Non-native Seaweed Threatens Hawaiian Species
August 23, 2005 -- An alien seaweed has spread throughout Hawaii, even invading the normally pristine Northwestern Hawaiian Islands. The non-native species, Hypnea musciformis, is piling up on beaches, choking reefs, and engulfing local algae. If left unchecked, the seaweed could greatly damage islands that are home to more than 70 percent of America's coral reefs and various endangered species.
The seaweed was introduced from Florida in 1974 for aquaculture purposes. After several failed attempts to commercially cultivate it, the seaweed was abandoned in Kaneohe Bay where it spread throughout Hawaii.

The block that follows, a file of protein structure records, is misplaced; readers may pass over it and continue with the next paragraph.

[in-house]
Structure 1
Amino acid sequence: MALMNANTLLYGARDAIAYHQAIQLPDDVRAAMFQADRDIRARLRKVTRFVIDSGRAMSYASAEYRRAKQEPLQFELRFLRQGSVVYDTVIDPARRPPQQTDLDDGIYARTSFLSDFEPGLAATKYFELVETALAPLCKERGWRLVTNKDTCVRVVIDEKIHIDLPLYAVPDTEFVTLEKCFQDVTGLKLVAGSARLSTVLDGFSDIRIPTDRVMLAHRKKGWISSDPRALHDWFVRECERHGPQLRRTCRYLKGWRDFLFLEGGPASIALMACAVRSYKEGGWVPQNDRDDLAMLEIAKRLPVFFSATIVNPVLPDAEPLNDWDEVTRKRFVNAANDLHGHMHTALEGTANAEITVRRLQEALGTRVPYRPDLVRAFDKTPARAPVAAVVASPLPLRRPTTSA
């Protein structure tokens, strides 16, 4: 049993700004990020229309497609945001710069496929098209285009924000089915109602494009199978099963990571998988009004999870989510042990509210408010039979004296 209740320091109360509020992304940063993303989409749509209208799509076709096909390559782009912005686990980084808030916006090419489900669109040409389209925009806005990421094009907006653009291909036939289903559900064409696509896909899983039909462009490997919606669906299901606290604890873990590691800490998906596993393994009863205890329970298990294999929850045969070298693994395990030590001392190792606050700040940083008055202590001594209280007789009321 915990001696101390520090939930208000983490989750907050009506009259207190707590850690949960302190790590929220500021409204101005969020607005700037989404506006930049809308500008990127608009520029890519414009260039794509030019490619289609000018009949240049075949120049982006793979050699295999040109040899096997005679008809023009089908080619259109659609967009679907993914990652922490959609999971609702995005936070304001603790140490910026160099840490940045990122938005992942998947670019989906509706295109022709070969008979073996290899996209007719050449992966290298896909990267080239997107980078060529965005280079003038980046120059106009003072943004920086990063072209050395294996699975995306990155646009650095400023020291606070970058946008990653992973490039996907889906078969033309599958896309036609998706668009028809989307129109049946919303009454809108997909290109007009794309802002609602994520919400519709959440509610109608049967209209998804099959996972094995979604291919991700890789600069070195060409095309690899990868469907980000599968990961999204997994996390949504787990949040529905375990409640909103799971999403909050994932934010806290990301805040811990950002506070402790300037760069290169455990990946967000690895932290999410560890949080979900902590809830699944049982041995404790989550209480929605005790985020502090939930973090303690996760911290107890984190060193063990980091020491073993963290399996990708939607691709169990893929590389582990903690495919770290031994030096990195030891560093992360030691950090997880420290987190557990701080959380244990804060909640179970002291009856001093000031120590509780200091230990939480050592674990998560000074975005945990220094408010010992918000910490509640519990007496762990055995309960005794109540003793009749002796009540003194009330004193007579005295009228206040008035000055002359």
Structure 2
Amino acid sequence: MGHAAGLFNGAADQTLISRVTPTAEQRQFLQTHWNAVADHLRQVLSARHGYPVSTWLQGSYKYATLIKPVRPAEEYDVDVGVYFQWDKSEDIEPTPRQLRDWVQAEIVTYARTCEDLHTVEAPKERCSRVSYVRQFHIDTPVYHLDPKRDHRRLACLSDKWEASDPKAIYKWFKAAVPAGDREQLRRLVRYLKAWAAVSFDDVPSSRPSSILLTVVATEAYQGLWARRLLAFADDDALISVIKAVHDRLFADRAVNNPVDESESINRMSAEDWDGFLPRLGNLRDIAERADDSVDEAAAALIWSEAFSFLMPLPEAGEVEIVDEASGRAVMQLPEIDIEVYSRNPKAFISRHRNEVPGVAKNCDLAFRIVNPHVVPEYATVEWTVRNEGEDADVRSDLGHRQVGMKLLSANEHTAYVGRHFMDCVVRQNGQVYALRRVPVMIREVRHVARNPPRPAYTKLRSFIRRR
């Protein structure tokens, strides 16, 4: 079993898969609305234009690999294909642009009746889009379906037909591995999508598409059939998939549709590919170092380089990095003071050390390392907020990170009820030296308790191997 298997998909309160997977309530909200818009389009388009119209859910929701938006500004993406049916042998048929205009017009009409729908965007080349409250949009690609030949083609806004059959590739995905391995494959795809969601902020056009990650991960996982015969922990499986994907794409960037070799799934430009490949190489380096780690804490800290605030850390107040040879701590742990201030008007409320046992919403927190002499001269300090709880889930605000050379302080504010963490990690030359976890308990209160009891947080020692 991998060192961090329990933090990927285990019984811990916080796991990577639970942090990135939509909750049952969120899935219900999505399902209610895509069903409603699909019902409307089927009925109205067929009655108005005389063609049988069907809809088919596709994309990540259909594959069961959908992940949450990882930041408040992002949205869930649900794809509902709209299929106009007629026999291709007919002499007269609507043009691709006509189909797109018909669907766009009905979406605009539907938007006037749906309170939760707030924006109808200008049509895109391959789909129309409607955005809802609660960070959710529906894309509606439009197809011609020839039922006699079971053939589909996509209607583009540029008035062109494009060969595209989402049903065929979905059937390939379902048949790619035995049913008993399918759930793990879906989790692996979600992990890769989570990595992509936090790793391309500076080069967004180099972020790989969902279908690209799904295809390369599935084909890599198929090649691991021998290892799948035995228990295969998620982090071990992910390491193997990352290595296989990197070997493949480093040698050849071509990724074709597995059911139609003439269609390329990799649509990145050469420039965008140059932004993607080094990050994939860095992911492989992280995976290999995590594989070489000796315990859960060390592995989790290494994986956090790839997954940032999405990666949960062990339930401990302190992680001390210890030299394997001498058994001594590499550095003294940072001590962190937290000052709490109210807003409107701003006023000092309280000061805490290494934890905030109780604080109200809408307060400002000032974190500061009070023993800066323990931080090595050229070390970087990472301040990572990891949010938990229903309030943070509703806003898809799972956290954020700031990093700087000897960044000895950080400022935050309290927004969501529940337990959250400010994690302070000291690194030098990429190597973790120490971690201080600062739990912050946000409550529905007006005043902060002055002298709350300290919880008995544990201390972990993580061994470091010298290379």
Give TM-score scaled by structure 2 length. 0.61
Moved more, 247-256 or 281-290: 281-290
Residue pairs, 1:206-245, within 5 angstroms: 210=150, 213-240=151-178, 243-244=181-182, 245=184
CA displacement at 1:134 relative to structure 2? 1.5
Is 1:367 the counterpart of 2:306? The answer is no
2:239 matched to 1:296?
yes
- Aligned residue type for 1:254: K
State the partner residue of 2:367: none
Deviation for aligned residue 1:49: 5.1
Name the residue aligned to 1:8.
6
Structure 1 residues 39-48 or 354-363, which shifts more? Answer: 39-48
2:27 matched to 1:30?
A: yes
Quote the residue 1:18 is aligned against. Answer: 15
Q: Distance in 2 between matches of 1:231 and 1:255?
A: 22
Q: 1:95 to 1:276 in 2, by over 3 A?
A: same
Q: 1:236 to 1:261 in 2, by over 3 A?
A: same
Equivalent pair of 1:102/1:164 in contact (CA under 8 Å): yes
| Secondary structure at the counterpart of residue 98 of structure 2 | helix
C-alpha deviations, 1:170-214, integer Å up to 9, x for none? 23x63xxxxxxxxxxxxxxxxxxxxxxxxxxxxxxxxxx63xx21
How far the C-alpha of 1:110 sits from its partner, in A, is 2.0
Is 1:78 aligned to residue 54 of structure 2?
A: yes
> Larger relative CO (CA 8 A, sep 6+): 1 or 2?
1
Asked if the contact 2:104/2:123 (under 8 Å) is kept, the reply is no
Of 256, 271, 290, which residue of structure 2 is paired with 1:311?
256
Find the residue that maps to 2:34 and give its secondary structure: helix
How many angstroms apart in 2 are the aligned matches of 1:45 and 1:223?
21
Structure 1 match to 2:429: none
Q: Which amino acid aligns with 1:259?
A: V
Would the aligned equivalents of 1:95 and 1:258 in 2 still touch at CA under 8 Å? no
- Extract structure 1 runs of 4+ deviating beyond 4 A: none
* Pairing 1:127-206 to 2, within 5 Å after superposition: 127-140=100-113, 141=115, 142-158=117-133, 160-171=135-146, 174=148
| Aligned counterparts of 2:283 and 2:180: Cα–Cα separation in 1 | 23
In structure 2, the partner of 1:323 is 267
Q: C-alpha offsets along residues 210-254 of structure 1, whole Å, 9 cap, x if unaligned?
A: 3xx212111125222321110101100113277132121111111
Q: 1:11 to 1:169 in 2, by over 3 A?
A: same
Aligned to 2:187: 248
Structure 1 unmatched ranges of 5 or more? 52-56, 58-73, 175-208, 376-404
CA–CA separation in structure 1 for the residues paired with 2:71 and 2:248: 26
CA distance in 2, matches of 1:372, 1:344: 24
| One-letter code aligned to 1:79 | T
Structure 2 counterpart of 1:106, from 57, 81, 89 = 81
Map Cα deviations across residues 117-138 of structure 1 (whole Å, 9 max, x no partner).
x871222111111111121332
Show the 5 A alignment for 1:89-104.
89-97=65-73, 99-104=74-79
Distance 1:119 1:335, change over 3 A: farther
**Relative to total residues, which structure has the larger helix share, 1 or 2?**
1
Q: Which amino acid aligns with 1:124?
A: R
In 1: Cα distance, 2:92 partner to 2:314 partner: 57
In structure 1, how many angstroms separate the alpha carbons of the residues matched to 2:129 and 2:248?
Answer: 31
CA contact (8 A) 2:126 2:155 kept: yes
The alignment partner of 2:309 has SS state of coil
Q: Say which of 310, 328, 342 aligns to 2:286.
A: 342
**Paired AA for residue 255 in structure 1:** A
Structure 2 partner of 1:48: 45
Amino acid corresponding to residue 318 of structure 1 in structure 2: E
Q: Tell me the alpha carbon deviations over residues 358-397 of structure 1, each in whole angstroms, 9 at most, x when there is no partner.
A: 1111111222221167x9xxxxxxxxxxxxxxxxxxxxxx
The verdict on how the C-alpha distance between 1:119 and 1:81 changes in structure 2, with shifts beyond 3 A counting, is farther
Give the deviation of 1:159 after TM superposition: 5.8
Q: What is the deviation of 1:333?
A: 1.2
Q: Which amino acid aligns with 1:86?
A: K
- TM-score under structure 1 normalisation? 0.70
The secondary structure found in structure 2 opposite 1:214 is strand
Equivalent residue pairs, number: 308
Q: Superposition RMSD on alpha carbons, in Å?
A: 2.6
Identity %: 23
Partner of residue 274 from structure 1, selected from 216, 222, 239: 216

A National Research Council report, Predicting Invasions of Nonindigenous Plants and Plant Pests, examines the characteristics of non-native species that make them more or less likely to become invaders in the United States and recommends strategies to improve our ability to predict and prevent invasions.